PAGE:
Last Wednesday, December 11, the ESIL final conference took place in Brussels. Over the last few years, this European initiative has reinforced the early stage investment ecosystem by empowering the community of investors and crowdfunders who are committed to a more innovative Europe.
Local Leaders from each country, representatives of the European Commission and other stakeholders gathered in Brussels to reflect on the challenges faced, the lessons learned, share best practices and examine the future outlook for early stage investors in Europe.
Over the last 2 years, ESIL developed 31 local plans covering 36 countries, tailor-made programmes to boost the local investment capacity of each country. Participants gained access to a pan-European online community, a digital academy with tips and trainings from experts and webinars focused on angel investing.
Combining all these ingredients has resulted in a recipe for success: the first business networks in Malta, Armenia and Romania were established thanks to the Early Stage Investing Launchpad; the Georgian local leader signed a Memorandum of Understanding with the Georgian government on angel investing and the Cyprus local leader advised his government on angel investment strategies based on lessons learned from ESIL Study Visits. We also know about a Slovenian woman who was inspired to become an angel investor after attending one of the ESIL events; and some startups like TeiaCare that secured funding after participating in the monthly ESIL e-pitches, which attracted a large audience of European investors.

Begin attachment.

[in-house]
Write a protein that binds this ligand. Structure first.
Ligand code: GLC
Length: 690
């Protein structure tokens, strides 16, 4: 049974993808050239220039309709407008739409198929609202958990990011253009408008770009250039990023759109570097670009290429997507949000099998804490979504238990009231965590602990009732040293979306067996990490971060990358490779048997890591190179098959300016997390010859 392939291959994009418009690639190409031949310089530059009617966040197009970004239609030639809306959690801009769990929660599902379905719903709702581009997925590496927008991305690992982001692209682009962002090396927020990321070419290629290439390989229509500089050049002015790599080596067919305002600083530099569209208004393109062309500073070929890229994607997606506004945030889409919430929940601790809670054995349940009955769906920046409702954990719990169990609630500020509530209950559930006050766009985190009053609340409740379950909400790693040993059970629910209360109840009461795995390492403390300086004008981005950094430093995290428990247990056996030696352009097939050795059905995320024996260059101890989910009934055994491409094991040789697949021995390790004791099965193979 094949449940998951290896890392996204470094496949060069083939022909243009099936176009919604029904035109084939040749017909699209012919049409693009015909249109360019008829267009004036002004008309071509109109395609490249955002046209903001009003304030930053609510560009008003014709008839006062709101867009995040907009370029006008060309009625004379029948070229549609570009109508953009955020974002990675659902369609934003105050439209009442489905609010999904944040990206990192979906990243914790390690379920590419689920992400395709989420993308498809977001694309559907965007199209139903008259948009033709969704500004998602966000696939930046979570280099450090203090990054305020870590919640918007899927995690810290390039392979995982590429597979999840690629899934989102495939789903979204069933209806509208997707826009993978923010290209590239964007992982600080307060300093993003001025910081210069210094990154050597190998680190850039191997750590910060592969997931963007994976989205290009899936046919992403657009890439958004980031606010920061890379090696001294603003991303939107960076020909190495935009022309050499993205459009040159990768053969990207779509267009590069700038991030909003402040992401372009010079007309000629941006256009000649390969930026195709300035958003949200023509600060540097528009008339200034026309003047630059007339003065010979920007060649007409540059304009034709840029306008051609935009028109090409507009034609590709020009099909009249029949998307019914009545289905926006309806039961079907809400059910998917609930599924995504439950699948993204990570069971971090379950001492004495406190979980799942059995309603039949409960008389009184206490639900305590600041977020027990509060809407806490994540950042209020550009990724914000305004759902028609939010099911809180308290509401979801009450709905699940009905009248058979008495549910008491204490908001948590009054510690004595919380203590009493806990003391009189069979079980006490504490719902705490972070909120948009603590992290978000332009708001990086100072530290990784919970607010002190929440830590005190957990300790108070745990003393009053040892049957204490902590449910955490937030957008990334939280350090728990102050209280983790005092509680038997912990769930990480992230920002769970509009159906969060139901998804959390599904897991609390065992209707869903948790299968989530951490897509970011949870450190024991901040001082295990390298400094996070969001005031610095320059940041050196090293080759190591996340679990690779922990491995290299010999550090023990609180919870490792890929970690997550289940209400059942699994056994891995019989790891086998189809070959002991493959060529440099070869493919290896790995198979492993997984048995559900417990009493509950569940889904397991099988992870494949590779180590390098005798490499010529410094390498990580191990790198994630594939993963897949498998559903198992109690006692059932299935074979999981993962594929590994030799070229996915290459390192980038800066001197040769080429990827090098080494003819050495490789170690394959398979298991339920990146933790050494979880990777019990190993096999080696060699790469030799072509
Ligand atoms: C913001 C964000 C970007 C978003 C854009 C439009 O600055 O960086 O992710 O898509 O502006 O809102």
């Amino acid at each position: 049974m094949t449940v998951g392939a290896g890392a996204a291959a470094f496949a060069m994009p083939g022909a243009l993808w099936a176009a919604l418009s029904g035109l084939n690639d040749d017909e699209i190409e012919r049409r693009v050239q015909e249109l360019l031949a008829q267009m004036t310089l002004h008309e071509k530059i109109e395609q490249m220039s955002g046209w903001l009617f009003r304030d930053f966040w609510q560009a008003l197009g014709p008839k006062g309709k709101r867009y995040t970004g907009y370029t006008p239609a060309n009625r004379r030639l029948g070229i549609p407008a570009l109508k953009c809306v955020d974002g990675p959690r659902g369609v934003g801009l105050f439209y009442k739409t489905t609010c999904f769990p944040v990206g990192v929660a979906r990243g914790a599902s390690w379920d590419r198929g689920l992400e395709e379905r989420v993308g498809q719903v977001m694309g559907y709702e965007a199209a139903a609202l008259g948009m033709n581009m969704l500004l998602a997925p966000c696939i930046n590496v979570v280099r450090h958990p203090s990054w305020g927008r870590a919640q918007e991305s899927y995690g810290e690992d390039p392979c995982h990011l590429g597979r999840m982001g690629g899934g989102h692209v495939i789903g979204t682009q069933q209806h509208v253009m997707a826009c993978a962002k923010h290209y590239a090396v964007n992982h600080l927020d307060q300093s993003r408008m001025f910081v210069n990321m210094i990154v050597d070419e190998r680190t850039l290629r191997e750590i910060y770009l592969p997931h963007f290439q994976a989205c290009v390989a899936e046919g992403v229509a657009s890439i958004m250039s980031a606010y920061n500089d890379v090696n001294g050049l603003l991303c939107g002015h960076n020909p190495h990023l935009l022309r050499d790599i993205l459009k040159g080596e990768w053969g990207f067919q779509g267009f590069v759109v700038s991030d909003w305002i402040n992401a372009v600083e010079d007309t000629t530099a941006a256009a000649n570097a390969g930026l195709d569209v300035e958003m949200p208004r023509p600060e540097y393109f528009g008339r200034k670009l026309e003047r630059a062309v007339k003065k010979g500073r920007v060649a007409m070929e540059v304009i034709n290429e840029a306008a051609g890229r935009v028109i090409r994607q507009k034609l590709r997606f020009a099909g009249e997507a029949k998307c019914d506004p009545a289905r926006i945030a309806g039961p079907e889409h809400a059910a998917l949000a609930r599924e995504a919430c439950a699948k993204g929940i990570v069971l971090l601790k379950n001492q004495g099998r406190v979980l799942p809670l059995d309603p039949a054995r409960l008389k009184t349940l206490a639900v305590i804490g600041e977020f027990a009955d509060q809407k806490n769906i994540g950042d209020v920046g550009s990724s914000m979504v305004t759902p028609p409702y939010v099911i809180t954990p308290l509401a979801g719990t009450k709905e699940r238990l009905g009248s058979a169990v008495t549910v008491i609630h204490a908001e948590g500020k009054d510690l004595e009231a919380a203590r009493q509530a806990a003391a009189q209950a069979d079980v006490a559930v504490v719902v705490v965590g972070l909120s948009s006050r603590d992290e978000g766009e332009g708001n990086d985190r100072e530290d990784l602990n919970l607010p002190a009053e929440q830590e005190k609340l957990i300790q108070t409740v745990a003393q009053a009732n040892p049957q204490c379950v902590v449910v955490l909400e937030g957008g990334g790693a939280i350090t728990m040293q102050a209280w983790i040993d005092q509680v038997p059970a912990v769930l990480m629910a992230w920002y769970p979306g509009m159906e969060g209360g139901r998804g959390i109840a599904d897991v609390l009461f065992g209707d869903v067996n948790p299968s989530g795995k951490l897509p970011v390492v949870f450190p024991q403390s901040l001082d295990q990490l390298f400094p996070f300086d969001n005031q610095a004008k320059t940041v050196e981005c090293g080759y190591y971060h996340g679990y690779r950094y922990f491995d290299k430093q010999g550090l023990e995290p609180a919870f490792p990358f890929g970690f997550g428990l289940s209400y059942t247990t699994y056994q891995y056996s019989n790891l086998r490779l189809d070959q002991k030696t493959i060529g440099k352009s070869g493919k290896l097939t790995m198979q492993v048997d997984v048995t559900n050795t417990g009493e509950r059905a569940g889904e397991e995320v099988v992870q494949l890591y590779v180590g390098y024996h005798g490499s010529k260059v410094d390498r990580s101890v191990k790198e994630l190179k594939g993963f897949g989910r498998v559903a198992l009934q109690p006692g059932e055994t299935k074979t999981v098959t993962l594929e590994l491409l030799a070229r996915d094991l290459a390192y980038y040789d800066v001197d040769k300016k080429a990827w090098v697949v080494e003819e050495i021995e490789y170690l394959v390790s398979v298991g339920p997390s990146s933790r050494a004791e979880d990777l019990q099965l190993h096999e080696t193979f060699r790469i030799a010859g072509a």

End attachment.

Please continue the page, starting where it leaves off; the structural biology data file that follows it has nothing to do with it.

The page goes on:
These facts showcase how ESIL has made a real impact on the angel investing community in Europe overall. The statements of the participants themselves also indicate that we are on the right track. “The value of networking was invaluable,” said Paul Waltzing, Local Leader for Malta.
“ESIL encouraged us to move outside our own comfort zone. This is an area that’s growing, it’s developing all the time, and ESIL was there to provide a framework for networking with angels from other countries,” said Teresa Valente, Local Leader for Portugal.
The Local Leader for the French speaking part in Belgium, Claire Munck, reinforced this reflection: “We think we all speak different languages but we don’t. The most important barrier that ESIL has addressed is building a common understanding between early stage investors across Europe.”
“ESIL relies a lot on people, the experience of angels, but also on our Archangels,” said Paul Waltzing. A small group of experienced investors, pioneer business angels, have dedicated themselves to sharing their knowledge. “A Business Angel is not only investing money, you also have to monitor and coach the startups. In all countries it is important to develop the skills of investors locally,” said Archangel Philippe Gluntz, honorary president of Business Angels Europe.
The support of local investors is important but often not enough. “To expand the skills of the startup, they have to go abroad,” said Phillipe. In that way, “ESIL has put together some tools to facilitate that cross border investment could happen and more efficiently,” claimed Claire Munck, and mentioned the case of Citibeats, an Spanish startup that closed a €1.4M round after participating in a investor pitch event in Munich.
The conference showed that something is brewing, but there is still much to do, and it must be done fast. “We need speed!” claimed Andrea Di Anselmo, VP of META Group in his concluding speech.
Written by Pablo Munilla for the Early Stage Investing Launchpad